Chronic or repeated stress results in reduction of food intake and body weight in rats. Stress-induced anorexia has been attributed to increased corticotropin-releasing hormone (CRH) function in the central nervous system. To explore possible roles of other neuropeptides and peripheral hormones involved in food intake and energy utilization during continuing stress, we examined the impact of repeated immobilization stress on expression of mRNAs coding for CRH, neuropeptide Y (NPY), galanin and pro-opiomelanocortin (POMC) mRNAs in such hypothalamic nuclei as the paraventricular nucleus (PVN), arcuate nucleus (ARC) and dorsomedial hypothalamus (DMH), as well as plasma insulin and leptin concentrations. Changes in type 2 CRH receptor (CRHR-2) mRNA in the ventromedial hypothalamus (VMH), a possible target of anorectic CRH effect, were also examined. Rats were immobilized for 2 h daily for 6 days and sacrificed 24 h after the last immobilization. Immobilized rats had lower food intake and body weight and higher levels of PVN CRH mRNA than controls. Repeated immobiliza tion also lowered plasma insulin and leptin concentrations and VMH CRHR-2 mRNA levels. These results provide additional evidence linking VMH CRHR-2 mRNA levels to plasma leptin concentration. ARC NPY and DMH galanin mRNAs increased following repeated immobilization, while ARC POMC mRNA decreased. DMH NPY mRNA and ARC galanin mRNA were unaltered by immobilization. Since NPY and galanin are considered orexigenic, while the POMC-melanocortin-4 receptor system is apparently anorexigenic, the changes in neuropeptide mRNAs and VMH CRHR-2 mRNA may play counterregulatory roles against anorectic CRH effects.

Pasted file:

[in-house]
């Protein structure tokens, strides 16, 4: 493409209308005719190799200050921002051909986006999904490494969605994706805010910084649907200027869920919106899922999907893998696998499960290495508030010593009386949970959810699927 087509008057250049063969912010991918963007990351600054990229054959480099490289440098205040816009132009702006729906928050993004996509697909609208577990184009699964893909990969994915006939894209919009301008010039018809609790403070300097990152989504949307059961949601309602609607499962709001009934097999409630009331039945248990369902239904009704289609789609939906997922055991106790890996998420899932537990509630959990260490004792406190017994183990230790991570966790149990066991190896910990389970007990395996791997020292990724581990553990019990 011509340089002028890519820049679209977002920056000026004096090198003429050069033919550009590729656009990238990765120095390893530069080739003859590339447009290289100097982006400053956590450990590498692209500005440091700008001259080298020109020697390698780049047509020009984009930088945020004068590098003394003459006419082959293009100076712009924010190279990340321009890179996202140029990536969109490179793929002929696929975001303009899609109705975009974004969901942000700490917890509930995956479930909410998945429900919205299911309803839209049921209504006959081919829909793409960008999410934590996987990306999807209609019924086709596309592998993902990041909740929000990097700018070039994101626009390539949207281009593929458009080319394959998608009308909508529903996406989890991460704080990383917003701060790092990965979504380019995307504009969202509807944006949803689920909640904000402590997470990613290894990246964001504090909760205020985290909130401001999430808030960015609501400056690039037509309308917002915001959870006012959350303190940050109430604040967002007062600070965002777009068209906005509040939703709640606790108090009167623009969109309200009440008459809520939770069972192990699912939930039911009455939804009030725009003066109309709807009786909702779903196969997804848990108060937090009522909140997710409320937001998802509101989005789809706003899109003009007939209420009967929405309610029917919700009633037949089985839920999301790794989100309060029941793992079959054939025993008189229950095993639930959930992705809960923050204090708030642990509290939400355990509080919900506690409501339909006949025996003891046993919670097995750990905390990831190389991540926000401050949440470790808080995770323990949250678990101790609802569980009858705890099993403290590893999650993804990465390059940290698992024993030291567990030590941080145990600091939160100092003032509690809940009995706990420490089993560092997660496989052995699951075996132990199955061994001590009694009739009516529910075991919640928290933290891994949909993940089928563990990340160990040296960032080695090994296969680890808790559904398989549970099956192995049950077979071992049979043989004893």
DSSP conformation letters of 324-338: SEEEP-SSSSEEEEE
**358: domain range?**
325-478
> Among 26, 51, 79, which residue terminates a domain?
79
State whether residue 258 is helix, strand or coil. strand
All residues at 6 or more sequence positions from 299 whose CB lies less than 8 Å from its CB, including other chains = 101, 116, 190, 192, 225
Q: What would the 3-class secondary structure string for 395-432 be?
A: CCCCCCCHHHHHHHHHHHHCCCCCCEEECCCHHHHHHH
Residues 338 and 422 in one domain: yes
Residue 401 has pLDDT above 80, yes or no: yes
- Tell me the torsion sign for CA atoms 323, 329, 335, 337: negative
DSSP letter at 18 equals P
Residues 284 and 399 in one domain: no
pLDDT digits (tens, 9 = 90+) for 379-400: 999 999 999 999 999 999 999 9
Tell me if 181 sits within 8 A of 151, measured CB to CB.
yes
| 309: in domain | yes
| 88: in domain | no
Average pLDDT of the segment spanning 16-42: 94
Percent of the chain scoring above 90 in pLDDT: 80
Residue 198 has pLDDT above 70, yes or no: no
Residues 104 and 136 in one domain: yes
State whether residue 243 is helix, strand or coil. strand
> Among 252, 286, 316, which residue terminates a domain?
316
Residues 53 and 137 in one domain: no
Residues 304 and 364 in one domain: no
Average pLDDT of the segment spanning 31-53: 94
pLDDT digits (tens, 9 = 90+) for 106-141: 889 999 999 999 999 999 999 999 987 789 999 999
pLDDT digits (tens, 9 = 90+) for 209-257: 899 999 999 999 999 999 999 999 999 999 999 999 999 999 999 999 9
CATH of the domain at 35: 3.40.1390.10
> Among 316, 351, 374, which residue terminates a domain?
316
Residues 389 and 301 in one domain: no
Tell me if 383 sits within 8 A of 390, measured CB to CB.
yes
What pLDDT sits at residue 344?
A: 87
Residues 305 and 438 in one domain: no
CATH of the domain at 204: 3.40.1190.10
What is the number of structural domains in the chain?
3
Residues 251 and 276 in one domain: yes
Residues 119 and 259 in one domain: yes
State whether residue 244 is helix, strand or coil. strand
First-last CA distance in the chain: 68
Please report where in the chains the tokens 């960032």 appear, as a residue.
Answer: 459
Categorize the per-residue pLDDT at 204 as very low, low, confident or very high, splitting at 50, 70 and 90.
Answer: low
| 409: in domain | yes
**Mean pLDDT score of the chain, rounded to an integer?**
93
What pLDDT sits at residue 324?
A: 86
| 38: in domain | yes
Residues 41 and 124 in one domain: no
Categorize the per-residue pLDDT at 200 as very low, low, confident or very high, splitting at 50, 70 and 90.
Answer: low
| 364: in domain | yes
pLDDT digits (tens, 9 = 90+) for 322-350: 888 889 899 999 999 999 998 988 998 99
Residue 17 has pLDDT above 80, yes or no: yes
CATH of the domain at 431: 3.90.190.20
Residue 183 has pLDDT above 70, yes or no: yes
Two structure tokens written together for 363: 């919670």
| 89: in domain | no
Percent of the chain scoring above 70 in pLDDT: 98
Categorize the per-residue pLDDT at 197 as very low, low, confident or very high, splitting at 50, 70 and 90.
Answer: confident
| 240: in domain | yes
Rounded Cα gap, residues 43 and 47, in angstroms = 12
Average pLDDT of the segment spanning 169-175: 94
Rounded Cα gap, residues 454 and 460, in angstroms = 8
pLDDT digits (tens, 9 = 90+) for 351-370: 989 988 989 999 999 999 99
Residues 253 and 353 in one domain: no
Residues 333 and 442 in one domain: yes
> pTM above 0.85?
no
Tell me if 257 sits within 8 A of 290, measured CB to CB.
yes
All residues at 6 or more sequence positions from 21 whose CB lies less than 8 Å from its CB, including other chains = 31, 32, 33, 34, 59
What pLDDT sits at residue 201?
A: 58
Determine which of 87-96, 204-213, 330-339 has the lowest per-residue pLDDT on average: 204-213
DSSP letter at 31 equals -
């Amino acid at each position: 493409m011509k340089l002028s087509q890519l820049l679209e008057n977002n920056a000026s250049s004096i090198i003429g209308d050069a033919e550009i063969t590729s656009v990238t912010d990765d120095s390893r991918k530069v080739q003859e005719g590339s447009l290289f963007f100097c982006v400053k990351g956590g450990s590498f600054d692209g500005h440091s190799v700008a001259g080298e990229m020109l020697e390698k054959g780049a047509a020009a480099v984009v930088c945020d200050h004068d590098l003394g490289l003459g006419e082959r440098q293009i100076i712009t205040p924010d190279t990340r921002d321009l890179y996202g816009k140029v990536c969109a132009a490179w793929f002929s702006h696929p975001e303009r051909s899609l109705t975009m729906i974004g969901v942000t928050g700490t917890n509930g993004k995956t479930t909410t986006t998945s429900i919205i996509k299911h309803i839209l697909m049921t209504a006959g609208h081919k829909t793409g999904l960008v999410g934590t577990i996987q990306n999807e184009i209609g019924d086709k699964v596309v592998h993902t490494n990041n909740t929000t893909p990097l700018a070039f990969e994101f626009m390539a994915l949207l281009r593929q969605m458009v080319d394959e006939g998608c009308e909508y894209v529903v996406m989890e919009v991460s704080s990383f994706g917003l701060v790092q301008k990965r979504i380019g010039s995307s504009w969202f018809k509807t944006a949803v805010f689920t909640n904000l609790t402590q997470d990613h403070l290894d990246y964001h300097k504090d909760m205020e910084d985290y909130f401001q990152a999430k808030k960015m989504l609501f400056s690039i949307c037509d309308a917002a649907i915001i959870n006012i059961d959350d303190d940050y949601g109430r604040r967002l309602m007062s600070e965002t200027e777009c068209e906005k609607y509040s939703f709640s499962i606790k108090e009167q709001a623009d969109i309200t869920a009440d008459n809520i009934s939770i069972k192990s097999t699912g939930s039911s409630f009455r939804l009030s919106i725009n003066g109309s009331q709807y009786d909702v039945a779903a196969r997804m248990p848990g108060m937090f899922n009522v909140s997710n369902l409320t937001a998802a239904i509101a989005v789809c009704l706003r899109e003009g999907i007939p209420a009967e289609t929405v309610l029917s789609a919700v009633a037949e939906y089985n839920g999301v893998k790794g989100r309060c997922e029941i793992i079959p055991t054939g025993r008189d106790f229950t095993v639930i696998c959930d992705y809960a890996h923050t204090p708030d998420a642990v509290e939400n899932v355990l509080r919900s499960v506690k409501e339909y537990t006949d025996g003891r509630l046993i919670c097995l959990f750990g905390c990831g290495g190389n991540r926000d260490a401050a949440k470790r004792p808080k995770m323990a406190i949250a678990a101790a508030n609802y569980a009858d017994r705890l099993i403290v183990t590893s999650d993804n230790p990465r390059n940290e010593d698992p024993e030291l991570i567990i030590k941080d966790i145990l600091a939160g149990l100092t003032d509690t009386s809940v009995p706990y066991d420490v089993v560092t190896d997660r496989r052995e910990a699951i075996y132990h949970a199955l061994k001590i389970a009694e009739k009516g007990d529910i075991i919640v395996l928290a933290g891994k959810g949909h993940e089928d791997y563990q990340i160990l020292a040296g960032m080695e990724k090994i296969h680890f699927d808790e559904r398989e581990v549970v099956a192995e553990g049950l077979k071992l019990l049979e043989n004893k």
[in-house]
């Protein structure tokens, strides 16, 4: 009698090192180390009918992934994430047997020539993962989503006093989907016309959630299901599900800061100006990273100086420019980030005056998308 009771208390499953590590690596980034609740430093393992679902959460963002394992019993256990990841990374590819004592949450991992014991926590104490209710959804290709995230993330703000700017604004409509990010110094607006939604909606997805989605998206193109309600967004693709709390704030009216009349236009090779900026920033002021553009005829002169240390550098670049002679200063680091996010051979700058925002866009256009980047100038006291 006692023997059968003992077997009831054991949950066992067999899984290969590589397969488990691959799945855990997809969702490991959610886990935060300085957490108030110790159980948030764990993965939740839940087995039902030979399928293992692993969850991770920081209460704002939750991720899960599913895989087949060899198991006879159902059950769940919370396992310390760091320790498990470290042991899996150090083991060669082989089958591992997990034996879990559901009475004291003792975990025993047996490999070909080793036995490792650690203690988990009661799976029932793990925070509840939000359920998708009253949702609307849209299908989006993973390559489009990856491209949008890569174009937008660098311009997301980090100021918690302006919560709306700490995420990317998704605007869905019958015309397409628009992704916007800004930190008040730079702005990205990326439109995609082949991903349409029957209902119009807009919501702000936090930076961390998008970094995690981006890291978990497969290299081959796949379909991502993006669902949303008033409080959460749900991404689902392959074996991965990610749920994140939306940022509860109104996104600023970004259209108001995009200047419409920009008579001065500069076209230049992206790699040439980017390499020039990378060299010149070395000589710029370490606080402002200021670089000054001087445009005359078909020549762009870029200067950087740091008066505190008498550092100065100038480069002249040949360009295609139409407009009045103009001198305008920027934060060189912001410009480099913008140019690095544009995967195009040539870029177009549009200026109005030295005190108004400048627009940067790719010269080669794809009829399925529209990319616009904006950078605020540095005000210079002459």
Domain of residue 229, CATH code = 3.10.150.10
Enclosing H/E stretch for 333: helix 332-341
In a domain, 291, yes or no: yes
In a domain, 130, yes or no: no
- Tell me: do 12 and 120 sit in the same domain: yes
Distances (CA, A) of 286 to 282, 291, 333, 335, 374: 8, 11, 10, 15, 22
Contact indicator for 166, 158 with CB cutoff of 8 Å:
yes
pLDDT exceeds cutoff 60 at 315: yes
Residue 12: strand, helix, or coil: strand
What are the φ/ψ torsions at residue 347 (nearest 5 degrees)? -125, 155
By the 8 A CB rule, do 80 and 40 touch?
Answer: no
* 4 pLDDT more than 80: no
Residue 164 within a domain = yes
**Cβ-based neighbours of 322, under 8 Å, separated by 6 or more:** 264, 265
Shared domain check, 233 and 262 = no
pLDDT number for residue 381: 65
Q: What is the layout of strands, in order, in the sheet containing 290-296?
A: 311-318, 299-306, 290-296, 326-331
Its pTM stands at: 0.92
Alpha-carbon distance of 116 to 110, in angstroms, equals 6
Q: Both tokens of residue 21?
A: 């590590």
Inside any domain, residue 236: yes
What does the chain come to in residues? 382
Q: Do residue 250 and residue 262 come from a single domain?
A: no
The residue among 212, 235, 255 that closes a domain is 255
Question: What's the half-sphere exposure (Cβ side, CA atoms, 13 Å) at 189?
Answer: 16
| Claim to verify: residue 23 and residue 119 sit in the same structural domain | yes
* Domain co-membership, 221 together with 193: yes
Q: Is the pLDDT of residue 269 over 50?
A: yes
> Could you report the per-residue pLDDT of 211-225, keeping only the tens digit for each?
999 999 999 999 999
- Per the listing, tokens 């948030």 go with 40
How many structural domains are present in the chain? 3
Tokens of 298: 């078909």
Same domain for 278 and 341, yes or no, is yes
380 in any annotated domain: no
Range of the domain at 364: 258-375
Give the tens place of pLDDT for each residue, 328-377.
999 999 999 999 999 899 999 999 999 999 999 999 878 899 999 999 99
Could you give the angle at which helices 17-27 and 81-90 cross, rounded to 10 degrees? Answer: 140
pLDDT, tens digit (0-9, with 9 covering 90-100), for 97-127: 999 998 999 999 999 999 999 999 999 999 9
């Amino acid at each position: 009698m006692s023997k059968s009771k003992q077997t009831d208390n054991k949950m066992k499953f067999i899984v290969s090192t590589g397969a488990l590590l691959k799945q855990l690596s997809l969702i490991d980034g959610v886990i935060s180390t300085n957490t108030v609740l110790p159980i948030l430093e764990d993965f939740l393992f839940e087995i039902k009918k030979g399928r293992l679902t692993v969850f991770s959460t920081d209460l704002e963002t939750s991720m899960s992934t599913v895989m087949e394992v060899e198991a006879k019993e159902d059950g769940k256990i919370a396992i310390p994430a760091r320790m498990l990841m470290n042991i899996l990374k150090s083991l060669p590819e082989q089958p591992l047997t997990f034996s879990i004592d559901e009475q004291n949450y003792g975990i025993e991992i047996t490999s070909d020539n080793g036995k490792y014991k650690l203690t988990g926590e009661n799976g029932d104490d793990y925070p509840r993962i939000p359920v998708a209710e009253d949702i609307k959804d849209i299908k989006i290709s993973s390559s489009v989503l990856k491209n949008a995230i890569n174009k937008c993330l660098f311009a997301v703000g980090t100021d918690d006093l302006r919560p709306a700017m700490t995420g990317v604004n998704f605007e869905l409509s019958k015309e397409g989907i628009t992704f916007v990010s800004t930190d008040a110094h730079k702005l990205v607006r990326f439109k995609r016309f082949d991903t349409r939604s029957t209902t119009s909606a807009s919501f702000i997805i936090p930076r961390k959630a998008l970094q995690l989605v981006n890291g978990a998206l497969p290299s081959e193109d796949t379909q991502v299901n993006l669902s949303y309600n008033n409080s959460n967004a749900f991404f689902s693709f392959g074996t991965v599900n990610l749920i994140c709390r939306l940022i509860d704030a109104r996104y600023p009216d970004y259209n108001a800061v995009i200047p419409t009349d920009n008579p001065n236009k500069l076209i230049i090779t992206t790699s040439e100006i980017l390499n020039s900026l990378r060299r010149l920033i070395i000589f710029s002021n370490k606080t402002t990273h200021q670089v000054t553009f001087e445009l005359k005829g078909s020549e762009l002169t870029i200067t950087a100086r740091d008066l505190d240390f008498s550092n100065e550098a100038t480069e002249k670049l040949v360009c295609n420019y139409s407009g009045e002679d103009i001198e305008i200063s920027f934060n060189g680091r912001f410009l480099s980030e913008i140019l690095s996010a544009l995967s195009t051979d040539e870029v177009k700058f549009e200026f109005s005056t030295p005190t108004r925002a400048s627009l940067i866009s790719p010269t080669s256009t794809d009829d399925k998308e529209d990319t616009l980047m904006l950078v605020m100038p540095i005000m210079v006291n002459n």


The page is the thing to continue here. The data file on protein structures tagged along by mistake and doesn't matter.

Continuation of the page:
|Direct payment||This item at the regular price: USD 38.00|
|Payment from account||With a Karger Pay-per-View account (down payment USD 150)
you profit from a special rate for this and other single items.
This item at the discounted price: USD 26.50